United States v. Powell, No. 15-6232 (4th Cir. 2017)

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Justia Opinion Summary

Petitioner, convicted of federal drug and firearms offenses, appealed the denial of his 28 U.S.C. 2255 motion for habeas relief based on ineffective assistance of counsel. Specifically, petitioner claimed that his counsel's performance was deficient because she failed to bring to the attention of the trial court the fact that, before the trial began, a member of the jury approached petitioner's father while entering the courthouse and told him that "everything would be alright" and that he needed to give his son "a good kick in the butt," thereby allegedly demonstrating bias against petitioner. The court concluded that counsel's response fell within the range of competent representation required by the Sixth Amendment because the juror's alleged statement did not sufficiently indicate actual bias against petitioner but was instead ambiguous. Accordingly, the court affirmed the judgment.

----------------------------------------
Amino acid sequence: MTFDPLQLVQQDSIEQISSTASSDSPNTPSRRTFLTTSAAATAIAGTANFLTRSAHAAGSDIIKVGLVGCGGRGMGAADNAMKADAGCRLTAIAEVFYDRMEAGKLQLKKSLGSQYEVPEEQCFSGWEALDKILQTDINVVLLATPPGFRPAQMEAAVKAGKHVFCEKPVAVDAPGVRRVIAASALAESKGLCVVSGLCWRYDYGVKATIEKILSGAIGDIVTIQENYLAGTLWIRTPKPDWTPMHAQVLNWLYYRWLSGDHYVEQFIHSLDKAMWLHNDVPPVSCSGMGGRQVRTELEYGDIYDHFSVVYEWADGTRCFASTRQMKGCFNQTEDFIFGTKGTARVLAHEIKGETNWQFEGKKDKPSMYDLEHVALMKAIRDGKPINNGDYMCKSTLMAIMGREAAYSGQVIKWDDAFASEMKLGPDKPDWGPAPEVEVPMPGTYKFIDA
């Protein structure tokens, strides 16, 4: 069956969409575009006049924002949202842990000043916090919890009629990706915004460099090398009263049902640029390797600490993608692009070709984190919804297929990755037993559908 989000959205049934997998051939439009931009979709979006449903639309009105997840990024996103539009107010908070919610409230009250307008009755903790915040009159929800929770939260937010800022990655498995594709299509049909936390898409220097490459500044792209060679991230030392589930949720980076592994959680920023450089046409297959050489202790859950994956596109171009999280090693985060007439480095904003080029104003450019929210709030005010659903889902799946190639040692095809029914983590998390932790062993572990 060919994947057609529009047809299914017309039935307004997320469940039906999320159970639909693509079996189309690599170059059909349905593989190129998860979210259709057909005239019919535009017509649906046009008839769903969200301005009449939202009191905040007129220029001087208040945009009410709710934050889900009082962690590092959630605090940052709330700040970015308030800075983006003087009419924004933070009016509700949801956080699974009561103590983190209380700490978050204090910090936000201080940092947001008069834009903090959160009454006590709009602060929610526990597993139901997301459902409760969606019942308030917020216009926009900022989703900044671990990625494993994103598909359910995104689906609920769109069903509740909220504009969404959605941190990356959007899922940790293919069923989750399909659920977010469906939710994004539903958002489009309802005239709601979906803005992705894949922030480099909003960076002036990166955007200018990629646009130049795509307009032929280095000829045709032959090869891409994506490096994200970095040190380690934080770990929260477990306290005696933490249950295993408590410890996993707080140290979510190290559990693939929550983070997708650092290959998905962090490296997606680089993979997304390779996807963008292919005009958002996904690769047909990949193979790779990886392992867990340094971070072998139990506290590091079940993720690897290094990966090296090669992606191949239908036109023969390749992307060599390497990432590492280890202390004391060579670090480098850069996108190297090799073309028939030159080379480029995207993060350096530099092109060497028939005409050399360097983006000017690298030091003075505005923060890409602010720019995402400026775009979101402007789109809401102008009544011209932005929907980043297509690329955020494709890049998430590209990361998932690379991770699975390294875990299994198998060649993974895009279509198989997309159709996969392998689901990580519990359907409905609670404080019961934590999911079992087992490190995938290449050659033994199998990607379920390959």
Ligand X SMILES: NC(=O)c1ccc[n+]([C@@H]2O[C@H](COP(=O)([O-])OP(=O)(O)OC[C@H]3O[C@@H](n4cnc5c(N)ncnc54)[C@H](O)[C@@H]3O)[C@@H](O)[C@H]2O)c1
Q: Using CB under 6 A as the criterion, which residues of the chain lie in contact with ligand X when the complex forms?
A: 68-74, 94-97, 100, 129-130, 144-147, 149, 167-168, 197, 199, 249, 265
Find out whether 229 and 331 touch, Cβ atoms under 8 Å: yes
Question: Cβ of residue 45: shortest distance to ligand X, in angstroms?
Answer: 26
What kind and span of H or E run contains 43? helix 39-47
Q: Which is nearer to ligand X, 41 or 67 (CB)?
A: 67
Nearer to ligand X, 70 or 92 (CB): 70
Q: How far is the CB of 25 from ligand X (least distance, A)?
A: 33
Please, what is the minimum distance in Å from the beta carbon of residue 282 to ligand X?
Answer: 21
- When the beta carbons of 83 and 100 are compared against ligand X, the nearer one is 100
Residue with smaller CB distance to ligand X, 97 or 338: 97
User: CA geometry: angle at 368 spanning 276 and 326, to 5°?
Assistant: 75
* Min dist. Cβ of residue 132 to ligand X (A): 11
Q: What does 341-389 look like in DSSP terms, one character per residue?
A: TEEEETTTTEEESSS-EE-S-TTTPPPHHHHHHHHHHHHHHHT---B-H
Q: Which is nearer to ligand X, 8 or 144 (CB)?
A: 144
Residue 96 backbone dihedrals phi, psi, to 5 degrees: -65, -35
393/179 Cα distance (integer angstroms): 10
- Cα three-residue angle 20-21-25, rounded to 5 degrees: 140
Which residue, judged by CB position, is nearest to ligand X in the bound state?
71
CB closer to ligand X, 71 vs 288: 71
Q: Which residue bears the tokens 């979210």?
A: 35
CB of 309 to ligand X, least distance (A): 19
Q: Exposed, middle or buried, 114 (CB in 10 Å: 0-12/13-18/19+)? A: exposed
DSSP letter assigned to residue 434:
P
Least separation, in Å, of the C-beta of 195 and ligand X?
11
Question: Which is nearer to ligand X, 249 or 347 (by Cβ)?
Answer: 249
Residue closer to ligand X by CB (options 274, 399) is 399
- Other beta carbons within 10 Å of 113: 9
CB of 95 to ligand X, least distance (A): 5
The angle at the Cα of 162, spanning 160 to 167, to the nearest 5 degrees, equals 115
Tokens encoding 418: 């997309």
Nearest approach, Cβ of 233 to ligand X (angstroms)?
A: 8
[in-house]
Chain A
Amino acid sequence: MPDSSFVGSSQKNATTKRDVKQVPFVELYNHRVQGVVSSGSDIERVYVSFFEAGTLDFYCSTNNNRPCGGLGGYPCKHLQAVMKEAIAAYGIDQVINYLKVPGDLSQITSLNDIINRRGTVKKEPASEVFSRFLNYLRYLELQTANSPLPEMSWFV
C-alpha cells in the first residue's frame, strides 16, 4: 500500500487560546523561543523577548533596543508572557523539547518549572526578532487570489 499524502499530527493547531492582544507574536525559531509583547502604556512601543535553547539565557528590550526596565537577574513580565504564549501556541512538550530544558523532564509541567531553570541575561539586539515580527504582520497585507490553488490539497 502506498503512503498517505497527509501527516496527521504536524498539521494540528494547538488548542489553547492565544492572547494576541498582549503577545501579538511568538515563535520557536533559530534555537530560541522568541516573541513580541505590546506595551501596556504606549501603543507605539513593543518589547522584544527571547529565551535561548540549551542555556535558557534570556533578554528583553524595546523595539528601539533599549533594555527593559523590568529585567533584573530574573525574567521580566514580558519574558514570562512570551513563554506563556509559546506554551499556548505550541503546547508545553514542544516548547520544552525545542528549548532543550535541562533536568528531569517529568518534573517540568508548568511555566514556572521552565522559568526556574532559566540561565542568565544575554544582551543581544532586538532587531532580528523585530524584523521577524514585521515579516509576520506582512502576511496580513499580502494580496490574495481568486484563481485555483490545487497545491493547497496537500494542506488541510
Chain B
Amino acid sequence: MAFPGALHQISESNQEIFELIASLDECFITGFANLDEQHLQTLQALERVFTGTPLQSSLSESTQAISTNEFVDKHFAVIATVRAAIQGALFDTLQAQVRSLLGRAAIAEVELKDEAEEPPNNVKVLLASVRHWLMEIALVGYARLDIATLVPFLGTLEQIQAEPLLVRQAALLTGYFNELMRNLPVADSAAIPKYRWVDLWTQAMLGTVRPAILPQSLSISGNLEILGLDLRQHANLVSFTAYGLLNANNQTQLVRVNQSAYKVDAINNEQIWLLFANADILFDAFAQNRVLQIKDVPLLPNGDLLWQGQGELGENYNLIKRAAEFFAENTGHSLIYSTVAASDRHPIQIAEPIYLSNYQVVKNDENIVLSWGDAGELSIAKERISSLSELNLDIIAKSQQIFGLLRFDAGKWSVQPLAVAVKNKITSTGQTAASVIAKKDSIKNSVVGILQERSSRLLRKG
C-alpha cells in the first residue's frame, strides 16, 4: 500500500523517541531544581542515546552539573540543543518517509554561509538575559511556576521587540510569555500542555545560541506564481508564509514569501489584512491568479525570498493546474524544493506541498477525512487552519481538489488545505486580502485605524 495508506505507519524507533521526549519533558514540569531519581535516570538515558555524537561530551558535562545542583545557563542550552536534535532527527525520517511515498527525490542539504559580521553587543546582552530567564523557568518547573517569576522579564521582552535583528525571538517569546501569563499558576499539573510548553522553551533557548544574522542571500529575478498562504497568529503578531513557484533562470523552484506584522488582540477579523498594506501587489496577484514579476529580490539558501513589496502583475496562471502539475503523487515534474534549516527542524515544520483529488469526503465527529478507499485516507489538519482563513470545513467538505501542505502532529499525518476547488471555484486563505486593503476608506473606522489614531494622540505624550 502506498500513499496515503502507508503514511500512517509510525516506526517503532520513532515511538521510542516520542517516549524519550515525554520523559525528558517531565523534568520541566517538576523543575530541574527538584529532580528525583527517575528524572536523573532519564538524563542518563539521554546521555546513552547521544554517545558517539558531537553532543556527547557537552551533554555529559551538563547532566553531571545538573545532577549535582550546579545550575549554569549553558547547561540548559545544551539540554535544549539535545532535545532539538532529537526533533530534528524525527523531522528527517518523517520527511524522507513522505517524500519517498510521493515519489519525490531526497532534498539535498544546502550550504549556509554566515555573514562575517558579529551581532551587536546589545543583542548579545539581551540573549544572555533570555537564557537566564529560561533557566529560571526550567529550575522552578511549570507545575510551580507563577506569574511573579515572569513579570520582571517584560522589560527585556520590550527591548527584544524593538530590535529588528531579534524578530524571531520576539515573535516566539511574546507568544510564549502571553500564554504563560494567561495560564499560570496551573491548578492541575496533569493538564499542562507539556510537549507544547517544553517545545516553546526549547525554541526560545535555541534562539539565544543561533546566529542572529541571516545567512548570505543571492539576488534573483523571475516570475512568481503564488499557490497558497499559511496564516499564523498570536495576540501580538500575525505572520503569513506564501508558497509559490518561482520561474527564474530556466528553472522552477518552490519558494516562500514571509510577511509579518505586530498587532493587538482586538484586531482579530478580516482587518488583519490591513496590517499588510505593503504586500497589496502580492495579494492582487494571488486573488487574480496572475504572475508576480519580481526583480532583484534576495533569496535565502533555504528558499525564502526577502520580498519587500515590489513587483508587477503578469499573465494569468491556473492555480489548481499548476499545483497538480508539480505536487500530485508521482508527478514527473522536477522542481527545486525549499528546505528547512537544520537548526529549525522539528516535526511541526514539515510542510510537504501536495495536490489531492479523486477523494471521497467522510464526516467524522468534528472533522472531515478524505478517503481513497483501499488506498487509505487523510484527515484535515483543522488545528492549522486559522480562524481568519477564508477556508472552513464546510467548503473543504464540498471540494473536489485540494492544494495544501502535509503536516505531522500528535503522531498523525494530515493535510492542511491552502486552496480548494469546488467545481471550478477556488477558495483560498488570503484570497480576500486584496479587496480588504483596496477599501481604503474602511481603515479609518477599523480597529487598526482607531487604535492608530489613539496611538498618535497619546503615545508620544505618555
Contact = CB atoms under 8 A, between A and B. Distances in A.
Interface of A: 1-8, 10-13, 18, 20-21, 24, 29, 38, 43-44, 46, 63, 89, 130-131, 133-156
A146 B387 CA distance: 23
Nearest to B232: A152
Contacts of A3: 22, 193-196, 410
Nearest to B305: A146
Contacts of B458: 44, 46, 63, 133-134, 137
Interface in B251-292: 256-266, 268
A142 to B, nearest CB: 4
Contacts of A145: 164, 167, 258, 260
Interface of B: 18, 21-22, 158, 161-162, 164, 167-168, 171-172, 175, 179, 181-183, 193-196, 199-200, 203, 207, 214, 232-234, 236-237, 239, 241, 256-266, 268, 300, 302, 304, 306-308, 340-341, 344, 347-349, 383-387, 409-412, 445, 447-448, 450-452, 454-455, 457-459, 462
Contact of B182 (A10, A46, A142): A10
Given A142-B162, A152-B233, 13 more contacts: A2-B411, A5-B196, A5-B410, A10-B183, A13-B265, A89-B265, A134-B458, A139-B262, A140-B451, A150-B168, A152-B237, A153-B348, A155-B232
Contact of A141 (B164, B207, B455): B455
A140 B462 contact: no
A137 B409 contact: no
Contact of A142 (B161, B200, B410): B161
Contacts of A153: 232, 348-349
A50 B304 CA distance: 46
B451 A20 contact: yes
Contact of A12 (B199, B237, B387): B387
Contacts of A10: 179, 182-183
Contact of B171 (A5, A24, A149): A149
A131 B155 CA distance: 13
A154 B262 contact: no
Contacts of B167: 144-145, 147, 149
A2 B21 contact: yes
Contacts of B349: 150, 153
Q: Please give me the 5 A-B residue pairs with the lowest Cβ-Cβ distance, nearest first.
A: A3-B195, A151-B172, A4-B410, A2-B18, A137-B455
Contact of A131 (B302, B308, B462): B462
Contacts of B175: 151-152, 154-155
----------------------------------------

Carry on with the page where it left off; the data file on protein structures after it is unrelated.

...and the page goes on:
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PUBLISHED UNITED STATES COURT OF APPEALS FOR THE FOURTH CIRCUIT No. 15-6232 UNITED STATES OF AMERICA, Plaintiff - Appellee, v. MARVIN WILBERT POWELL, Defendant - Appellant. Appeal from the United States District Court for the Eastern District of North Carolina, at Raleigh. James C. Fox, Senior District Judge. (5:04-cr-00356-F-1; 5:10-cv-00445-F) Argued: December 9, 2016 Decided: March 1, 2017 Before WILKINSON, NIEMEYER, and DIAZ, Circuit Judges. Affirmed by published opinion. Judge Niemeyer wrote the opinion, in which Judge Wilkinson and Judge Diaz joined. ARGUED: Richard Clarke Speaks, SPEAKS LAW FIRM, Wilmington, North Carolina, for Appellant. Seth Morgan Wood, OFFICE OF THE UNITED STATES ATTORNEY, Raleigh, North Carolina, for Appellee. ON BRIEF: John Stuart Bruce, Acting United States Attorney, Jennifer P. May-Parker, Assistant United States Attorney, OFFICE OF THE UNITED STATES ATTORNEY, Raleigh, North Carolina, for Appellee. NIEMEYER, Circuit Judge: Marvin W. Powell was convicted of federal drug and firearms offenses and sentenced to 300 months’ imprisonment, and his conviction and sentence were affirmed on direct review. Powell then filed a motion under 28 U.S.C. § 2255 to vacate his conviction and sentence on numerous grounds, most of which were based on his claim that his trial counsel provided him with ineffective assistance, violating his Sixth Amendment right to counsel. As to the specific claim of ineffective assistance at issue here, he alleged that his counsel’s performance was deficient because she failed to bring to the attention of the trial court the fact that, before the trial began, a member of the jury approached Powell’s father while entering the courthouse and told him that “everything would be alright” and that he needed to give his son “a good kick in the butt,” thereby allegedly demonstrating bias against Powell. The district court denied Powell’s § 2255 motion, and we affirm. Because the juror’s alleged statement did not sufficiently indicate actual bias against Powell but was instead ambiguous, we conclude that his counsel’s response fell within the range of competent representation required by the Sixth Amendment. I After a three-day trial in June 2005, a jury convicted Powell of (1) possessing with the intent to distribute 50 grams or more of cocaine base and a quantity of cocaine, in violation of 21 U.S.C. § 841(a)(1) and 18 U.S.C. § 2; (2) participating in a conspiracy to possess with the intent to distribute more than 50 grams of cocaine base and a quantity of 2 cocaine, in violation of 21 U.S.C. § 846; (3) possessing with the intent to distribute marijuana, in violation of 21 U.S.C. § 841(a)(1); (4) possessing a firearm during and in relation to a drug trafficking crime, in violation of 18 U.S.C. § 924(c)(1); and (5) possessing a firearm after having been convicted of a felony, in violation of 18 U.S.C. §§ 922(g)(1) and 924. Imposing a downward variance sentence, the district court sentenced Powell to 300 months’ imprisonment. 1 On appeal, we affirmed. United States v. Powell, 225 F. App’x 138 (4th Cir. 2007) (per curiam). The Supreme Court, however, vacated our judgment and remanded for further consideration in light of Kimbrough v. United States, 552 U.S. 85 (2007). See Powell v. United States, 552 U.S. 1091 (2008) (mem.). On remand, the district court imposed the same term of imprisonment at Powell’s resentencing. On appeal, we rejected Powell’s challenge to the substantive reasonableness of his sentence and again affirmed. United States v. Powell, 330 F. App’x 433 (4th Cir. 2009) (per curiam). The Supreme Court denied Powell’s second petition for certiorari in October 2009. Powell v. United States, 558 U.S. 976 (2009) (mem.). In his pro se § 2255 motion, Powell raised 16 different challenges to his conviction and sentence, many of which were premised on his trial counsel’s allegedly ineffective assistance. In one of these claims, Powell alleged that his trial counsel provided ineffective assistance because she failed to attempt to have a biased juror 1 After Powell filed his notice of appeal in this § 2255 case, the district court granted Powell’s motion for a sentence reduction pursuant to 18 U.S.C. § 3582(c)(2), reducing his term of imprisonment from 300 months to 295 months. 3 removed. In support of this claim, he submitted his own affidavit, as well as one from his father, which detailed an interaction between his father and the juror on June 17, 2005, after the jury had been selected but before the trial had begun. In his affidavit, Powell stated that as he and his father were entering the courthouse, he held the door open for his father and a woman behind him. While Powell was collecting his belongings from the x-ray machine, he “overheard [the] woman telling [his] father that he should give [Powell] a good kick in the butt.” According to Powell, when he later asked his father in private what he and the woman had been talking about, his father stated that the woman had “just [come] up to him” to ask if Powell was his son and then stated that “he needed to give [Powell] a good kick in the butt.” The affidavit from Powell’s father provided a consistent but fuller account. It stated: [A]fter entering the federal courthouse . . . I was approached by a woman whom my son had also held the door for when we were entering the courthouse and she asked me if Marvin was my son, to which I said yes. She then told me that everything would be alright and that I needed to give my son a good kick in the butt. I really didn’t know what to think of such a comment but I hoped that she was just joking though neither of us laughed before we parted ways. My son asked me what me and the lady had been talking about and I told him. (Emphasis added). According to both Powell and his father, they realized shortly thereafter that the woman was a member of the jury. Powell indicated that “[h]er comment [began] to trouble me so I told my attorney about it,” and his father similarly related how Powell decided to tell his attorney about it because “he thought the comment to be strange.” 4 Powell’s trial counsel, Bridgett Britt Aguirre, “listened to [Powell’s] father detail the encounter,” but as soon as he finished telling her about the incident, the trial started, and Aguirre turned her attention to the proceedings. Powell stated that when he later pointed the juror out to Aguirre while the juror was in the jury box, Aguirre told him the juror’s name. This was the last conversation they had relating to the subject. In his § 2255 motion, Powell argued that the juror’s statement to his father “implied that she harbored a preconceived notion that [he] was guilty” and that his counsel’s failure to bring this to the court’s attention amounted to ineffective assistance of counsel. Powell argued that if his counsel had brought the incident to the attention of the court, the court could have either followed up by inquiring whether the juror would follow the court’s instructions on the law and suspend judgment until after she had heard all of the evidence, or removed the juror and replaced her with an alternate. After appointing counsel to represent Powell on his § 2255 motion, the district court issued an order dated December 16, 2014, concluding that Powell was not entitled to relief and stating, with respect to the claim at issue here, that Powell had failed to sufficiently allege an ineffective-assistance claim. From the district court’s denial of his § 2255 motion, Powell filed this appeal. By order dated July 31, 2015, we granted Powell a certificate of appealability “on the issue of whether Powell’s trial counsel was ineffective for failing to raise an objection based on 5 juror bias,” and we appointed Richard Clarke Speaks, Esquire, to represent him in this appeal. 2 II Powell contends that the juror’s statement “indicated a clear and unmistakable bias against [him] before the first piece of evidence was even presented at trial,” yet “trial counsel neglected to make any sort of motion, objection, or even inform the District Court of this matter.” This inaction, Powell asserts, prevented the court from asking the juror about the incident and assessing her ability to determine guilt or innocence based solely on the evidence. Accordingly, he concludes, counsel’s representation of Powell was ineffective, falling below an objective standard of reasonableness. He also contends that he suffered prejudice as a result of counsel’s deficient performance inasmuch as the juror’s “continued presence on the jury violated his Sixth Amendment right to a fair trial by a panel of impartial jurors.” The government contends that “[a]lthough such comments (if made) would be regrettable, they did not show that [the juror] had made up her mind as to Powell’s guilt or innocence or that [she] would not be able to evaluate the evidence independently and impartially.” It argues that the statement itself would not have warranted the removal of the juror and therefore that counsel was not ineffective for failing to present the issue to the court. 2 We are grateful for Mr. Speaks’ representation of Powell, which has been an important service to both Powell and the court. 6 The governing principles are well established. To show a violation of the Sixth Amendment right to effective assistance of counsel, a defendant must prove (1) “that [his] counsel’s performance was deficient” and (2) “that the deficient performance prejudiced the defense.” Strickland v. Washington, 466 U.S. 668, 687 (1984). To demonstrate deficient performance, “the defendant must show that [his] counsel’s representation fell below an objective standard of reasonableness,” as measured by “prevailing professional norms.” Id. at 688. This is a high bar because it “requires showing that counsel made errors so serious that counsel was not functioning as the ‘counsel’ guaranteed the defendant by the Sixth Amendment.” Id. at 687. Moreover, “[j]udicial scrutiny of counsel’s performance must be highly deferential,” as it would be “all too easy for a court, examining counsel’s defense after it has proved unsuccessful, to conclude that a particular act or omission of counsel was unreasonable.” Id. at 689. Rather, “[a] fair assessment of attorney performance requires that every effort be made to eliminate the distorting effects of hindsight, to reconstruct the circumstances of counsel’s challenged conduct, and to evaluate the conduct from counsel’s perspective at the time.” Id. At bottom, “the defendant must overcome” “a strong presumption that [his] counsel’s conduct [fell] within the wide range of reasonable professional assistance.” Id. The Sixth Amendment also guarantees to criminal defendants “the right to a . . . trial[] by an impartial jury.” U.S. Const. amend. VI. And to be impartial, a jury must be “capable and willing to decide the case solely on the evidence before it.” Smith v. Phillips, 455 U.S. 209, 217 (1982). Jurors are “presumed to be impartial,” however, “absent indications to the contrary.” Wells v. Murray, 831 F.2d 468, 472 (4th Cir. 1987). 7 Moreover, the requirement of impartiality does not mean that jurors need to be “totally ignorant of the facts and issues involved.” Irvin v. Dowd, 366 U.S. 717, 722 (1961). Thus, for example, in the context of pretrial publicity, “the mere existence of any preconceived notion as to the guilt or innocence of an accused, without more, is [not] sufficient to rebut the presumption of a prospective juror’s impartiality.” Id. at 723. Reduced to its essentials, the inquiry is whether “the juror can lay aside [her] impression or opinion and render a verdict based on the evidence presented in court.” Id. The question in this case is therefore whether the juror’s statement to Powell’s father indicated that the juror was biased and unable to decide the case solely on the evidence and, in turn, whether counsel’s failure to bring the statement to the attention of the court amounted to constitutionally deficient representation. According to the affidavit submitted by Powell’s father, who was the person to whom the juror addressed her statement, the juror told him “that everything would be alright and that [he] needed to give [his] son a good kick in the butt.” The meaning of this statement is far from clear. Upon hearing of such a statement, a reasonable lawyer in trial counsel’s position might have understood (1) that the juror may have prejudged the case at least to the extent that she thought that Powell needed a “good kick in the butt”; or (2) that the juror, when stating that “everything would be alright,” was reassuring Powell’s father that she was predisposed towards Powell and felt content to leave any punishment that might be needed in the hands of Powell’s father. Moreover, a reasonable lawyer could conclude that the statement was so ambiguous that it could not be taken as indicating that the juror was actually incapable or unwilling to base a verdict solely on 8 the evidence presented at trial. A reasonable lawyer might therefore be concerned that if she brought the statement to the attention of the court, the court would not be inclined to remove the juror from the jury because actual bias had not been demonstrated and that the mere act of inquiring about the statement might risk alienating the juror. We conclude that given the ambiguous content of the juror’s statement and the potential consequences of pursuing it with the court, a reasonable lawyer could have concluded that her client’s interests were best served by keeping mum. Moreover, it is telling that in relating the incident later, neither Powell nor his father described feeling particularly panicked or alarmed when they realized that the woman who had made the odd comment was a member of Powell’s jury. Rather, Powell stated only that “her comment began to trouble me, so I told my attorney about it.” He later pointed the woman out to his attorney in the jury box but then decided to let the matter drop. Similarly, his father recalled Powell saying only that “he thought the comment to be strange.” These reactions immediately after the statement was made indicate that, regardless of how the juror’s words could be taken, Powell and his father did not, at the time, take the statement as “indicating a clear and unmistakable bias against” Powell, as he now claims. Ultimately, what the record suggests is that Powell’s trial counsel was not sure what significance, if any, the ambiguous statement had and accordingly let it drop as trial began. To be sure, as an officer of the court, it might have been more prudent for counsel to have reported the statement to the court. But counsel’s failure to pursue the issue was not so problematic as to make her performance constitutionally deficient. 9 We therefore conclude, crediting Powell’s allegations of fact regarding the juror’s comment to his father, that Powell has failed to overcome the “strong presumption” that his counsel’s performance fell “within the wide range of reasonable professional assistance,” as required for an ineffective-assistance claim. Strickland, 466 U.S. at 689. Accordingly, we affirm the district court’s order denying Powell’s motion for relief under § 2255. AFFIRMED 10